Bardens are great, but they are definitely not for everyone. Brad Paisley has been using the Area T in the bridge of a couple of his teles lately, and I consider his tone to be pretty dang good.
     
  7. testing1two

    testing1two Gold Supporting Member

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    My two cents as well:

    First, +1 to the previous posts.

    1. Pickups are very subjective, but if you want your '52 to sound like a '52, then single coil pickups are a the only way to do that. I love Don Mare pickups for this purpose. If you are looking for a noise cancelling pickup, you'll lose some of the old school tele goodness but that's not necessarily a bad thing depending on what makes your ears happy. Bardens have tone for days and I'm sure there are others that sound great. Just don't expect them to sound or feel exactly like single coils.
    2. Compensated saddles are the way to go IMHO. Glendale and Callaham both make great stuff. No experience with the Stew-Mac stuff. Changing the entire bridge will have an impact on sustain and can affect the "twang" factor a bit depending on the bridge you choose. Callaham bridges are thicker so their tone is slightly less twangy with more sustain as compared to the Fender or Glendale. Search the forums for more on this topic
    3. Caps only make a difference when you roll off the tone knob so changing caps will not give you an overall tone improvement.
    4. The Buzz Feiten system is pretty effective, but there are drawbacks: first, you'll need a tuner that's programmed with the BF offsets (I'm a huge advocate of Peterson digital strobe tuners). Second, switching between BF guitars and standard guitars can be annoying as you tend to acclimate to each kind the longer you play them.

    5. Anything else: I recommend trying a 4 way switch, which gives you neck+bridge in series, which is a fatter sound than when they're wired in parallel. The sticky nitro finish on the back of the neck can be fine sanded to satin very easily. I usually end up sanding all the finish off the back of my nitro necks and using an oil finish or no finish at all. If you're going to stick with true single coil pickups, search the threads for some tips on shielding and other noise reducing techniques. I recall that Don Mare had a neat trick of twisting all the ground wires around the hot wires.

    Good luck and don't forget to update the thread as you work your way through the process.
     
  8. Polynitro

    Polynitro Member

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    Sell it...All the things you describe are what I like about my Tele.
     
  9. 1973Marshall

    1973Marshall Member

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    Well, I'm kinda getting sold on the idea I need the compensated saddles.
    Hmm humbucker in the neck is tempting, but it might not be a real Tele sound anymore.

    I also wonder, how do you do the steel wool trick? Will it strip the finish and leave the wood susceptible to warping? Would it devalue the guitar? I would probably have it done by a pro.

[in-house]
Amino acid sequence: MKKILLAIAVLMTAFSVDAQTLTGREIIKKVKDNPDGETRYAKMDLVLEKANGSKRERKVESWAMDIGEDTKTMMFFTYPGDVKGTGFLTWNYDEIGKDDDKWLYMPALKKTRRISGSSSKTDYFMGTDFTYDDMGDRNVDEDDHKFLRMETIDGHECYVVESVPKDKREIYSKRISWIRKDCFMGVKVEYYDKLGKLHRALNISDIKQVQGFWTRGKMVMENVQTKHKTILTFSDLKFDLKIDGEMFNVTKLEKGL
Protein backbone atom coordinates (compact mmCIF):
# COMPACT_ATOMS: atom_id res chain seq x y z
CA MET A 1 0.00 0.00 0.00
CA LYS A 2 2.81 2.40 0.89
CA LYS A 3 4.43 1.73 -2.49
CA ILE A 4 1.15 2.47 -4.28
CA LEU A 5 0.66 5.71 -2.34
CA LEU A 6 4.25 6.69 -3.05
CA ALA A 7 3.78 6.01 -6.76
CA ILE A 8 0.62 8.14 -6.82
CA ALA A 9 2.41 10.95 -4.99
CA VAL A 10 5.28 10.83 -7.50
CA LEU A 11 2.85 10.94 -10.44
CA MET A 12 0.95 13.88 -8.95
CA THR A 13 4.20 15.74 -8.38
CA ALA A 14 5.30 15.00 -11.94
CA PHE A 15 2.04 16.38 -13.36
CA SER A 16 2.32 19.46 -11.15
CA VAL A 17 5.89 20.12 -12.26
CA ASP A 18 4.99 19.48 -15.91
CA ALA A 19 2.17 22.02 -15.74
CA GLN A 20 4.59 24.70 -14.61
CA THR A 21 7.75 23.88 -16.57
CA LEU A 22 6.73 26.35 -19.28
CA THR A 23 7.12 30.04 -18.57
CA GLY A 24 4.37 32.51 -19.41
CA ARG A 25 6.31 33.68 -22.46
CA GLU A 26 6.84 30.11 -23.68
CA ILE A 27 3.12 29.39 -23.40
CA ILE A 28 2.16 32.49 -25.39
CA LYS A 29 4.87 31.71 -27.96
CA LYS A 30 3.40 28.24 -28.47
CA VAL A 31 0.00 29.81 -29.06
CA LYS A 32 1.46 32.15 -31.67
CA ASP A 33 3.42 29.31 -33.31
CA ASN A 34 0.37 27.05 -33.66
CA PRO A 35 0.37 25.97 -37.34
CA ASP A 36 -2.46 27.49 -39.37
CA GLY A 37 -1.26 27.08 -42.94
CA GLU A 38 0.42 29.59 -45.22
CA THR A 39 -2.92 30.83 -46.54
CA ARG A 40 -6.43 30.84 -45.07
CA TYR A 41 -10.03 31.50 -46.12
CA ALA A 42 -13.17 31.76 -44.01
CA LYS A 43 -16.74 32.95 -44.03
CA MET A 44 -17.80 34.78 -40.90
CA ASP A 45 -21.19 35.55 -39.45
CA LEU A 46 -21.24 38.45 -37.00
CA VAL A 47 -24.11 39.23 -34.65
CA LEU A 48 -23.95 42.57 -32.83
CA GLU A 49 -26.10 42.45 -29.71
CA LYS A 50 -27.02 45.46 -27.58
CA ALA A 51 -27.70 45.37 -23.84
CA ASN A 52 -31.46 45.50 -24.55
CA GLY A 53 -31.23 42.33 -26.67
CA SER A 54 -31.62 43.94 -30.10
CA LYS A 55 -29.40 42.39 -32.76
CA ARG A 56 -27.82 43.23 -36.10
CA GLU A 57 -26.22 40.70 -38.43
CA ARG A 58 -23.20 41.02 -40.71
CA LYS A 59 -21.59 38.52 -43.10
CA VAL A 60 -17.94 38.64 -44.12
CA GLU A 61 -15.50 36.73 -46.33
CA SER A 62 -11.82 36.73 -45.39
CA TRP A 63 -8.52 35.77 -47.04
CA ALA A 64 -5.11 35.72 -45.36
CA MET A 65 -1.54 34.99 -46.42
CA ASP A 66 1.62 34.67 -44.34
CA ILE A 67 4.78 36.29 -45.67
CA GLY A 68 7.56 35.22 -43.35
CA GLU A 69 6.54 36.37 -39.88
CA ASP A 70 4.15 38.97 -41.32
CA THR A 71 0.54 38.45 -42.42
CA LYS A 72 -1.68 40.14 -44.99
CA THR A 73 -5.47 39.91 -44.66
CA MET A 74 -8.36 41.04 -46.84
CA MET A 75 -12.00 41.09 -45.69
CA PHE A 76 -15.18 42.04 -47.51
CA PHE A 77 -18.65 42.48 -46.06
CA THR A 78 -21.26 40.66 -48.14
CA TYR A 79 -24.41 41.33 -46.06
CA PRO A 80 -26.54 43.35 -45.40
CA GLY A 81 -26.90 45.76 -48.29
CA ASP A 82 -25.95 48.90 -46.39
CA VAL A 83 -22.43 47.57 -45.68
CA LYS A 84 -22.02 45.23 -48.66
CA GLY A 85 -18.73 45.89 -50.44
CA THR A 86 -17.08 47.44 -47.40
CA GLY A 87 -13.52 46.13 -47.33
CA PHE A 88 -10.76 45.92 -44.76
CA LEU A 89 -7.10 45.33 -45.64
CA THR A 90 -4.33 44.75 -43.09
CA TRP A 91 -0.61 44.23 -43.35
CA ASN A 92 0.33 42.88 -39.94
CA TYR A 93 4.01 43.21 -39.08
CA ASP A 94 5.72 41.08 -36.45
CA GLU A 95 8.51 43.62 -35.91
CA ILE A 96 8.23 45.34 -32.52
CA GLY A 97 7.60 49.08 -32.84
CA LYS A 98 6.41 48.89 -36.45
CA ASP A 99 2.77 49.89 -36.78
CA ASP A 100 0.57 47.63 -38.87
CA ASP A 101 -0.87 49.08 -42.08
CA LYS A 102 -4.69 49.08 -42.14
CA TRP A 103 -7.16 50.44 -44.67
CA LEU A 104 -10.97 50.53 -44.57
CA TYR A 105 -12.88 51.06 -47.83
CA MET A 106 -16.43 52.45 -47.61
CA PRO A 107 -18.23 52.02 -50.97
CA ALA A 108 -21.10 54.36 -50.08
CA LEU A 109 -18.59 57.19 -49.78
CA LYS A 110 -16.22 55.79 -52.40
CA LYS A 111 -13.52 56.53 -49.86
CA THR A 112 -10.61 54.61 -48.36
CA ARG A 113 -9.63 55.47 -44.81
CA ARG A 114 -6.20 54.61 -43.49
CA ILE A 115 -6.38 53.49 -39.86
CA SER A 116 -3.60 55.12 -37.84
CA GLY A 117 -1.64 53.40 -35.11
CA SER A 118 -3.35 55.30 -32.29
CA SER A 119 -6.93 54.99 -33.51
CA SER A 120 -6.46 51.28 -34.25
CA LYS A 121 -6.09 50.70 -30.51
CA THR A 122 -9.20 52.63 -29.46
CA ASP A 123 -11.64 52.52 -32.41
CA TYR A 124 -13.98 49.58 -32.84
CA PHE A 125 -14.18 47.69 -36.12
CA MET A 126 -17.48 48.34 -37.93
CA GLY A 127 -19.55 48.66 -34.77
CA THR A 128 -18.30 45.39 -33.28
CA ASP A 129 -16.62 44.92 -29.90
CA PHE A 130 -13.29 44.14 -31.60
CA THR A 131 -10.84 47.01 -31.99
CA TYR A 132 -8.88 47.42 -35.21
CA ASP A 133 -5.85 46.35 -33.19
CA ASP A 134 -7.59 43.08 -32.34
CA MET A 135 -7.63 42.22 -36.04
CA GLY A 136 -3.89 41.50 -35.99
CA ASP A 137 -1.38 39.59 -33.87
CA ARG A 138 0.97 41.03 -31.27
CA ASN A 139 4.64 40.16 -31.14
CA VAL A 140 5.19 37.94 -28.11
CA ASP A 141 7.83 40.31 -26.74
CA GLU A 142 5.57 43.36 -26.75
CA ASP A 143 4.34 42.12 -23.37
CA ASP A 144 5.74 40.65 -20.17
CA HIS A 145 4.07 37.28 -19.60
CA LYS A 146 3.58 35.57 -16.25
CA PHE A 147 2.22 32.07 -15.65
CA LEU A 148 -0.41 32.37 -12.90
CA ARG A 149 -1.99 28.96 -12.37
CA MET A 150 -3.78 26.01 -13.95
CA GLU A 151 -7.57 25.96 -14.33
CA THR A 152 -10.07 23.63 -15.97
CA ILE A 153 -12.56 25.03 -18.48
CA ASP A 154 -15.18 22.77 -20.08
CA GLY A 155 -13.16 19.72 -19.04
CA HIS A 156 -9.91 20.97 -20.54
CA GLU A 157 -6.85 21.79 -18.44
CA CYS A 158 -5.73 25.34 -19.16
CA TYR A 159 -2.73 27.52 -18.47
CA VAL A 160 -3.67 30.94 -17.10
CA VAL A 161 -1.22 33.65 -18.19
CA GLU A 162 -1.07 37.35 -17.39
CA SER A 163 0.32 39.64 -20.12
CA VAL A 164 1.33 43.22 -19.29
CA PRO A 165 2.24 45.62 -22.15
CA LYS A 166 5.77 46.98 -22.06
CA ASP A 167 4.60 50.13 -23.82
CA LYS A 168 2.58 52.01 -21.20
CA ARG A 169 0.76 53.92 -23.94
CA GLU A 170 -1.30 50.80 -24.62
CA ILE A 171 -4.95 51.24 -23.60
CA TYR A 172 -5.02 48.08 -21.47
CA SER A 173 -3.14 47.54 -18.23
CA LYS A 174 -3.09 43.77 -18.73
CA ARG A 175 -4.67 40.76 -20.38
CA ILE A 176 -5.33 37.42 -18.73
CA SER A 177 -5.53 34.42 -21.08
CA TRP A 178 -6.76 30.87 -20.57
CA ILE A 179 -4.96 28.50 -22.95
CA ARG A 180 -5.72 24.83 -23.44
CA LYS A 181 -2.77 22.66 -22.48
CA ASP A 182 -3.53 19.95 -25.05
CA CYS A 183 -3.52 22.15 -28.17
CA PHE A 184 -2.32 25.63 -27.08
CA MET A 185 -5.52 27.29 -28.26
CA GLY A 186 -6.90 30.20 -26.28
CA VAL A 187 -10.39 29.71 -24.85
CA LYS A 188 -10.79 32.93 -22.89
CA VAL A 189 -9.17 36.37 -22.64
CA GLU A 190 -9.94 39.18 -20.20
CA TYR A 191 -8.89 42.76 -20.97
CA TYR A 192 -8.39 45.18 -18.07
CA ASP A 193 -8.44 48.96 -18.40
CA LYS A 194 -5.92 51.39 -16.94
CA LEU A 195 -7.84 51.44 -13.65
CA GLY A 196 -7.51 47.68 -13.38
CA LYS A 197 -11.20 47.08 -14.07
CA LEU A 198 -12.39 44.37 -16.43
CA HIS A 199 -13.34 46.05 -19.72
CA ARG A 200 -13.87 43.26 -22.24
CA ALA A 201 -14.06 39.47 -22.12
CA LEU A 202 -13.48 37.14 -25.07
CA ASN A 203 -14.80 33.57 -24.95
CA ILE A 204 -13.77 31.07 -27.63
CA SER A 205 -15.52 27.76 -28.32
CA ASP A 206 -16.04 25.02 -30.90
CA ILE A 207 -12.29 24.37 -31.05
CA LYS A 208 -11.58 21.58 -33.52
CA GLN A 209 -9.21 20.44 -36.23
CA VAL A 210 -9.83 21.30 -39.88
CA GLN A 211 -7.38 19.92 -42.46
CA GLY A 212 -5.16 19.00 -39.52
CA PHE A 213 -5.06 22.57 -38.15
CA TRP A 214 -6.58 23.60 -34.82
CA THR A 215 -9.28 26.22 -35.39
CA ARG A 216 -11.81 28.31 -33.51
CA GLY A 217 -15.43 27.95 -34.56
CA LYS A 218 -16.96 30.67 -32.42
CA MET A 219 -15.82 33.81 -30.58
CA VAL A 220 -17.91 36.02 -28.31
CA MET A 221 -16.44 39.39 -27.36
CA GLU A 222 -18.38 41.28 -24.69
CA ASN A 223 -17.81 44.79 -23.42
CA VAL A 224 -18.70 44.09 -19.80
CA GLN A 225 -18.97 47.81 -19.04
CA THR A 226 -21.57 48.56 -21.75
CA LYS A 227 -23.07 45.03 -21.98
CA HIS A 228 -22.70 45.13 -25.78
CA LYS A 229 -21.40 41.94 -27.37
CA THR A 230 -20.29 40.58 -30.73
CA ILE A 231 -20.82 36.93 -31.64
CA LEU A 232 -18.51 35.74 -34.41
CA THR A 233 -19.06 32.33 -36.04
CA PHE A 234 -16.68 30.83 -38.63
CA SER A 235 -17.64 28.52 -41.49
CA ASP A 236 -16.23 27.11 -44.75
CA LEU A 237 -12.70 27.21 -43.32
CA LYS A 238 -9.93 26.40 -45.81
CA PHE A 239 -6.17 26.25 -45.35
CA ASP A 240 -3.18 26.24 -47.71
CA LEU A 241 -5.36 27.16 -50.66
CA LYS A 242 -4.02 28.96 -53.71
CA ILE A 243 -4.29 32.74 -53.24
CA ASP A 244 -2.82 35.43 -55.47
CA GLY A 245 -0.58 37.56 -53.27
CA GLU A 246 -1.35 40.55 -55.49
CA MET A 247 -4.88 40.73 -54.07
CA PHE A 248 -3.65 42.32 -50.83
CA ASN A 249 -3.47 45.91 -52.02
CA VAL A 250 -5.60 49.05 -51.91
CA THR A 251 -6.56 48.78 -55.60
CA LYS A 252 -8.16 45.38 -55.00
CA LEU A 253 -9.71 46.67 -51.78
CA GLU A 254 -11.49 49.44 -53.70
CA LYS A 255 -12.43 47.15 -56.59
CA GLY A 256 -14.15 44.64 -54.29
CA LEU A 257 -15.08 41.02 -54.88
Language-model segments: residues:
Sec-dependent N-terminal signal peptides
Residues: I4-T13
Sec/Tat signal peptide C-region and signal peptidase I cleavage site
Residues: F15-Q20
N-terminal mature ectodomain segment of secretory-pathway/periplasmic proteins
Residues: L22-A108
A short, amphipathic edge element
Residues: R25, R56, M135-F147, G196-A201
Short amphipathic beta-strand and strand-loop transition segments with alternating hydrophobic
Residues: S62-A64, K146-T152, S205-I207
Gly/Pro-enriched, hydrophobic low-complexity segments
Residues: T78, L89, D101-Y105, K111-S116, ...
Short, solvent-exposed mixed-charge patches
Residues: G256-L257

10. teleman1

    teleman1 Supporting Member

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    Remove the neck pickup, permanently. I shouldn't have to say anymore.
     
  11. straightblues

    straightblues Member

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    Take some fine steel wool and rub it on the back of the neck. It will scratch the surface slightly and eliminate the stickyness. Got easy, it doesn't take much. If you want it to be shinny again, then get some rubbing compound or scratch remover and polish it back to a shine.
     
  12. John Thigpen

    John Thigpen Member

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    I had many of the same feelings about my spruce topped 52 RI. I had already put in compensated saddles, but wanted a beefier neck with higher frets. Finally I sold it, and put together my own partscaster with an Allparts TMNF-FAT Neck, Nitro finished 4 lb body, Barden bridge and compensated saddles, Don Mare pickups, 4 way switch, and used neck inserts to mount the neck. I've got a dream Tele, and spent less than my 52 RI proceeds.

    John
     
  13. testing1two

    testing1two Gold Supporting Member

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    Very nice. Whose neck inserts did you use? I'm looking at retrofitting my tele partscaster.
     
  14. straightblues

    straightblues Member

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    I think you should get some Glendale saddles. They are great. I like the Outlaw set with the harden steel E/A and brass for the others. Yes, saddles do effect the tone. I think there cold rolled bridge plate adds a lot to the tone as well and would recommend switching when you get some extra cash.

    As far as doing Buzz Feiten system on a tele, I think it is silly. If you really need intonation that close, a guitar with a vintage tele bridge is not a guitar for you.

    Don Mare makes the best tele pickups. Once you here them you won't worry about 60 cylce hum.

    Put in a good vinatage cap as well. Yes they do add to the overall tone.